Digital Archaeology is concerned with digital data for for archaeological research, and the computational methods and tools required to collect, analyse and manage it.
The use of computers in archaeology goes back to the 1960s, and today archaeology is one of the most digitised disciplines among the historical and social sciences. Computer-based tools such as spatial analysis, 3D modelling, simulation, image analysis and others have opened up new avenues for archaeological enquiry, significantly broadening our understanding of the human past. Our expertise in survey, remote sensing, spatial analysis and data management covers the whole workflow of archaeological research.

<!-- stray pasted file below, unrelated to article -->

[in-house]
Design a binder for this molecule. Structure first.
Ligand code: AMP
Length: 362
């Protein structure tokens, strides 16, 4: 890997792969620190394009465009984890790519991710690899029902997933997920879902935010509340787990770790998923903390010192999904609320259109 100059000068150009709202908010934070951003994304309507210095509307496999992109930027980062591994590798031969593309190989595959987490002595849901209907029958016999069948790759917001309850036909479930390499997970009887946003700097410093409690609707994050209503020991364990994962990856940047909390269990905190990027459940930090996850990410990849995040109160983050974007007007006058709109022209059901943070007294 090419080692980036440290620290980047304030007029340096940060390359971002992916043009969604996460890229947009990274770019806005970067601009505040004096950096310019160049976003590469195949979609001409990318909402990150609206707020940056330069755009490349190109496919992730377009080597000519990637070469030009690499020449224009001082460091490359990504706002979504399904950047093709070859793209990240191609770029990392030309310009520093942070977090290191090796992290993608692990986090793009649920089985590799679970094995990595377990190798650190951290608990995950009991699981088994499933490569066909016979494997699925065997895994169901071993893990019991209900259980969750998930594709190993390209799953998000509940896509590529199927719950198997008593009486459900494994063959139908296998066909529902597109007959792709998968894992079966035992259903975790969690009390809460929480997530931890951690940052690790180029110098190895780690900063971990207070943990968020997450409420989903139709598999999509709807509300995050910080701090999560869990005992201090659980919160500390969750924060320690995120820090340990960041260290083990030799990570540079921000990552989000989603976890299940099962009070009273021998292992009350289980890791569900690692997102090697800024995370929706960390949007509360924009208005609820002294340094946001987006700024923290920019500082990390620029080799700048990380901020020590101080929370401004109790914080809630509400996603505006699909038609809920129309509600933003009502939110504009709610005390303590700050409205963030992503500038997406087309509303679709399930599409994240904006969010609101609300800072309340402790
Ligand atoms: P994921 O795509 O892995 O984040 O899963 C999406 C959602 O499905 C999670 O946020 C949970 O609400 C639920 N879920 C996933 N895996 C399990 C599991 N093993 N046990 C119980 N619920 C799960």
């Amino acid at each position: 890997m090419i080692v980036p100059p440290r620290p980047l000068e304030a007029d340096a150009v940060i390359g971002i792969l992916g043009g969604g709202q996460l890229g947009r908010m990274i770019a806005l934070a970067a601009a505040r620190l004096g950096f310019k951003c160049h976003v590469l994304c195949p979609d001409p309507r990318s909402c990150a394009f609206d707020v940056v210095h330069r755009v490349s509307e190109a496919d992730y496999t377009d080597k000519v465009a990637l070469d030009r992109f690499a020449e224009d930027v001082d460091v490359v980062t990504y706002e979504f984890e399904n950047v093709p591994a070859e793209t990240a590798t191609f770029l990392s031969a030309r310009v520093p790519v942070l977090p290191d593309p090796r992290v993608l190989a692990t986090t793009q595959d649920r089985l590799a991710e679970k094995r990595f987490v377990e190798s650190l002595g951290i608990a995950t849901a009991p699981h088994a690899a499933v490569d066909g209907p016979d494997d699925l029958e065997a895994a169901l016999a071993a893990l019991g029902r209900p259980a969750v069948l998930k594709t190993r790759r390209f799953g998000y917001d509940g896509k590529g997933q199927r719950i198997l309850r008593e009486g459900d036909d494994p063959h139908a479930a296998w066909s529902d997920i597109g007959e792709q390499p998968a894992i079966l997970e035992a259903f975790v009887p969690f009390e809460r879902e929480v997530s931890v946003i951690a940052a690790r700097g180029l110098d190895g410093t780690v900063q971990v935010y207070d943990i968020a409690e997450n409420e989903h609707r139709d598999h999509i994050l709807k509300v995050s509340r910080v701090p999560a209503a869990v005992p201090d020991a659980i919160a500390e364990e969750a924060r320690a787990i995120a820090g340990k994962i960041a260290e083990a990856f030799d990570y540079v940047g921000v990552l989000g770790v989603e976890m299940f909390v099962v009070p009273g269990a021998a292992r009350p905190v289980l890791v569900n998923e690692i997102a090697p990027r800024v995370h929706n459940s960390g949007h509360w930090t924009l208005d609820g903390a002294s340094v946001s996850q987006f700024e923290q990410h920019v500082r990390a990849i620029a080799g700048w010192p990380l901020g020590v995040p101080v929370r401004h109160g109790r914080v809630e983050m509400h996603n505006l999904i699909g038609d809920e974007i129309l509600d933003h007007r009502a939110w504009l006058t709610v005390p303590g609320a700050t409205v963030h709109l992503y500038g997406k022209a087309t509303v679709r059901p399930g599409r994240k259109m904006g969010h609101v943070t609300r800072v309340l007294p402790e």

Students of Digital Archaeology will learn to collect digital data in the field using our state-of-the-art surveying equipment, and to process, visualise, analyse, interpret, manage and present digital data in our computer laboratory. Our network of national and international partners provides ample opportunity of hands-on training and exchange.
Digital Archaeology research facilities
The Digital Archaeology research group manages two computer laboratories with different purposes: the teaching lab (F1.01) and the research lab (A1.13a).